A nonprofit publication of the Kentucky Center for Public Service Journalism

Seventeen districts in Kentucky apply to state to be Districts of Innovation, a school re-think


A total of 17 Kentucky public school districts have submitted applications to the Kentucky Department of Education to become Districts of Innovation.
 

The Districts of Innovation legislation, House Bill 37 (2012), provides Kentucky public school districts the opportunity to apply for an exemption from certain administrative regulations and statutory provisions in an effort to improve student learning. Local board policy may also be waived for a District of Innovation.
 
By “re-thinking” what a school might look like, districts will be able to redesign teaching and learning using innovative strategies such as competency-based learning, creating multiple pathways to graduation and a modified school schedule in an effort to engage and motivate more students, and increase the numbers of those who are college and career-ready.
 
During May, a cross-agency team comprised of staff from the KDE, Education Professional Standards Board and the Appalachia Regional Comprehensive Center, will review applications using a rigorous process in which each application will be evaluated against a scoring rubric. Among other requirements, applications had to include an evaluation model for monitoring the effects of plans on student learning, graduation rates and college and career-readiness.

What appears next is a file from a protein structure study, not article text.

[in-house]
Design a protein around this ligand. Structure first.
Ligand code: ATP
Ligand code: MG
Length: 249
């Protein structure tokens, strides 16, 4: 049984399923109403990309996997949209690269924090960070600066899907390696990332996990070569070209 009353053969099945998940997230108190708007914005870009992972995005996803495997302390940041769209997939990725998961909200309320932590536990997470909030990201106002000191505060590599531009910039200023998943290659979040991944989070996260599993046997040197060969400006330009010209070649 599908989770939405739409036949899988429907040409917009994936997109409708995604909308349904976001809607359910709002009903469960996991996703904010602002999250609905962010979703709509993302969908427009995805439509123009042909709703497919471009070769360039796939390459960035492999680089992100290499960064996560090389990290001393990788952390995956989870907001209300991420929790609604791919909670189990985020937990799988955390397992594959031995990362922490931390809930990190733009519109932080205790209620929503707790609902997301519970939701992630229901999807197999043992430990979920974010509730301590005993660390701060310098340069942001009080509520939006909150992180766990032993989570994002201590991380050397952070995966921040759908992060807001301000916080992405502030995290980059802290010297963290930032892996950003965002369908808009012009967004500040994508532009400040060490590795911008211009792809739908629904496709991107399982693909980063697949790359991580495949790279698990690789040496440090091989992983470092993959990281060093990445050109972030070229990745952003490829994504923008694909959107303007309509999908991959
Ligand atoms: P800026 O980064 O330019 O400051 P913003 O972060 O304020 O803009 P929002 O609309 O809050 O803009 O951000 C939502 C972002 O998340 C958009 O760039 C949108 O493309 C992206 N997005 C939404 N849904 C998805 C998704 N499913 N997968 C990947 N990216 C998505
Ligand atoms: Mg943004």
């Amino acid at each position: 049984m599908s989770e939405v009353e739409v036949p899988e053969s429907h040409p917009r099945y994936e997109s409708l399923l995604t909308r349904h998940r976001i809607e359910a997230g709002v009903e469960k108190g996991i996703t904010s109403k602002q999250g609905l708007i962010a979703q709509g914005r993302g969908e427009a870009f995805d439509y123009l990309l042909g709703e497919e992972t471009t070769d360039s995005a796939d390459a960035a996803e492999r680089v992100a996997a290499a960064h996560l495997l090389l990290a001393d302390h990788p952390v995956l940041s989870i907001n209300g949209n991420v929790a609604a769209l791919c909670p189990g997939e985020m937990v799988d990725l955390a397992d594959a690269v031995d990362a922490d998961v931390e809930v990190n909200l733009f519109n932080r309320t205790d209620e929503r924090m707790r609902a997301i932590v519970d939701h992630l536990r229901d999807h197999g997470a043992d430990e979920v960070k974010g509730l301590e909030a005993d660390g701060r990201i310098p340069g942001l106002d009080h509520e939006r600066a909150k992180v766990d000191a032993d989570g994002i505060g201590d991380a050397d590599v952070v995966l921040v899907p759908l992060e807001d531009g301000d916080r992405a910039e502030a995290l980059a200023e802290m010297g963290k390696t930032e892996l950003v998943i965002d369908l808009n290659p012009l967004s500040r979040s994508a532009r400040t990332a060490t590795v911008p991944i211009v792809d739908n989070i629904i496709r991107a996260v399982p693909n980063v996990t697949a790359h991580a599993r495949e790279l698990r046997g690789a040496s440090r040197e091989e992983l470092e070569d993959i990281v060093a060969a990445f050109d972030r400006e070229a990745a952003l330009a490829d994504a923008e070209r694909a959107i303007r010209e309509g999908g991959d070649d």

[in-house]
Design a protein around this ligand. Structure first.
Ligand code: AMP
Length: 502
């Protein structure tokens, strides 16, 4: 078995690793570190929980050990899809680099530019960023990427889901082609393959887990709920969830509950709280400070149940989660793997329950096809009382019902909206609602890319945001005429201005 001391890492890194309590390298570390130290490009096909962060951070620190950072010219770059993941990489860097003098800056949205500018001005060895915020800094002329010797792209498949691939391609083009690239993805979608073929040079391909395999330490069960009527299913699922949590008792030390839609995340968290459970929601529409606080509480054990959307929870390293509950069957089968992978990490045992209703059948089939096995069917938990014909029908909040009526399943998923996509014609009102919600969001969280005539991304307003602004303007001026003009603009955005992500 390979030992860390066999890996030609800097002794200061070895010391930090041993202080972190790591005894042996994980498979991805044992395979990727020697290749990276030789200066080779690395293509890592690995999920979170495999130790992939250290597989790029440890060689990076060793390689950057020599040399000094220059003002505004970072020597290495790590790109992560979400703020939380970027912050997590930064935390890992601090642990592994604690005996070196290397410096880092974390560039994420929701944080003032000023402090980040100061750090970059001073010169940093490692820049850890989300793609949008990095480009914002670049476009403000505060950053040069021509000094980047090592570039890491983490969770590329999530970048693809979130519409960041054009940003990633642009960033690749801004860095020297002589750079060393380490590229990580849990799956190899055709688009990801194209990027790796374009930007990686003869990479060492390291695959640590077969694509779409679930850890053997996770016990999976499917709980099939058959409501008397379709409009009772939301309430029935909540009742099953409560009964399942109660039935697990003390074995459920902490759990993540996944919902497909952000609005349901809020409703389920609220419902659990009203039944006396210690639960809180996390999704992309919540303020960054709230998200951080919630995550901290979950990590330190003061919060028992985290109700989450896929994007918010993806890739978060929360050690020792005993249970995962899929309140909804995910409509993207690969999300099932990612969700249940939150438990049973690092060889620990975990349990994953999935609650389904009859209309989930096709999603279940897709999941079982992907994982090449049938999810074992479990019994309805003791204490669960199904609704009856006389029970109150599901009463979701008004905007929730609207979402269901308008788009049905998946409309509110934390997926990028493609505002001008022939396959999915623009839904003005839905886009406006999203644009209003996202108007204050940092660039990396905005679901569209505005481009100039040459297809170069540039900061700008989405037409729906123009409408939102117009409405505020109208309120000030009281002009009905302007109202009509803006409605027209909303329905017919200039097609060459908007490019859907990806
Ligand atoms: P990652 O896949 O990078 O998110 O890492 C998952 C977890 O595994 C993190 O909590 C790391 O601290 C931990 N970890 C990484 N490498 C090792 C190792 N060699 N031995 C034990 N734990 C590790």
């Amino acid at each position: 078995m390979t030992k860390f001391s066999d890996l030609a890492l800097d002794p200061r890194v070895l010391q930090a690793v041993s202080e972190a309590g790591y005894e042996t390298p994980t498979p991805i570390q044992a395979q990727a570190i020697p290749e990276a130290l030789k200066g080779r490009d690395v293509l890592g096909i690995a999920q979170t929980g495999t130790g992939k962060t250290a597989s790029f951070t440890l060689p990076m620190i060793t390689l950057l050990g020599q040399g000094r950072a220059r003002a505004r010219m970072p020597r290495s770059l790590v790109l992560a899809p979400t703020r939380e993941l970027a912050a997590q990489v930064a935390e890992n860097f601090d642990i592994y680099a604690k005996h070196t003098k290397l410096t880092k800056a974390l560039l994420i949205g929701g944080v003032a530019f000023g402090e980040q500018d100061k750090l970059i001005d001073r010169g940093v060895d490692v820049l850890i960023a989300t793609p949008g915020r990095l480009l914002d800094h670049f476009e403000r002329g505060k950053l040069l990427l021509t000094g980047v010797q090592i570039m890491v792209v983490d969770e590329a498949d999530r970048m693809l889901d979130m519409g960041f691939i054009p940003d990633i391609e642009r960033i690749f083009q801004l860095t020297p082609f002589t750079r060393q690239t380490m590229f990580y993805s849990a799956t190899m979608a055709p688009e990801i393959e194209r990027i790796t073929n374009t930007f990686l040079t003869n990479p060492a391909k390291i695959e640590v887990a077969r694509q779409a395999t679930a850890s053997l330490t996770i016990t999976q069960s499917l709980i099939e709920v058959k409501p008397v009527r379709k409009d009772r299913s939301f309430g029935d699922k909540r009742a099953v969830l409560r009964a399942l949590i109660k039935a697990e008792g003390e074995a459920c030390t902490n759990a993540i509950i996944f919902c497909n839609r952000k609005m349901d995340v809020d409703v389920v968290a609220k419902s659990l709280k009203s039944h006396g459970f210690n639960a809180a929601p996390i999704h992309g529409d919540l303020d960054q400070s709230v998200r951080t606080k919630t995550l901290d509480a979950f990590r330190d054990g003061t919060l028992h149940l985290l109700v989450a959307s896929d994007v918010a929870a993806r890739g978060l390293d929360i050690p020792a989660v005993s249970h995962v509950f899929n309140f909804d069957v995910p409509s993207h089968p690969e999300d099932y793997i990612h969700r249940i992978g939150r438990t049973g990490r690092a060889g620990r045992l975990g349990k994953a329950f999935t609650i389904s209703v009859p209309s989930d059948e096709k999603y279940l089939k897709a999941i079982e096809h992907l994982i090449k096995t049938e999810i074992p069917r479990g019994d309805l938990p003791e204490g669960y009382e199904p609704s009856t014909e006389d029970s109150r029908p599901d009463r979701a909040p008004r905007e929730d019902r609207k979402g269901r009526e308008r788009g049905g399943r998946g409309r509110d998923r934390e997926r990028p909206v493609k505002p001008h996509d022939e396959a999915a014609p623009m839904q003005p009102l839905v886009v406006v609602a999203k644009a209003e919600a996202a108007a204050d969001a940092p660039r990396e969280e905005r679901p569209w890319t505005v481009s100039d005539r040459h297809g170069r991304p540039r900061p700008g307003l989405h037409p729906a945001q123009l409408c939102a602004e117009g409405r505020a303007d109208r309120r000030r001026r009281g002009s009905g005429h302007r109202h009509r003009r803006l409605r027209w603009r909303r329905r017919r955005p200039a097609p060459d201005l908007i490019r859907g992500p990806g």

Districts submitting applications are:
 
· Cloverport Independent
· Danville Independent
· Eminence Independent
· Fayette County
· Gallatin County
· Jackson Independent
· Jefferson County
· Jessamine County
· Kenton County
· Mason County
· McCracken County
· Montgomery County
· Owensboro Independent
· Owsley County
· Taylor County
· Trigg County
· Woodford County
 
Once the evaluation process is complete, the review team will recommend to the KDE a list of finalists for consideration. The board will select the Districts of Innovation at its regular meeting on June 5. The successful districts could start implementation of their plans as early as the 2013-14 school year.
 
The initial term of the District of Innovation designation is for five years. After five years, the district’s status can be renewed in five-year increments or revoked based on processes defined in the administrative regulation.
 
More information can be found on the Districts of Innovation website here.
 
From KDE


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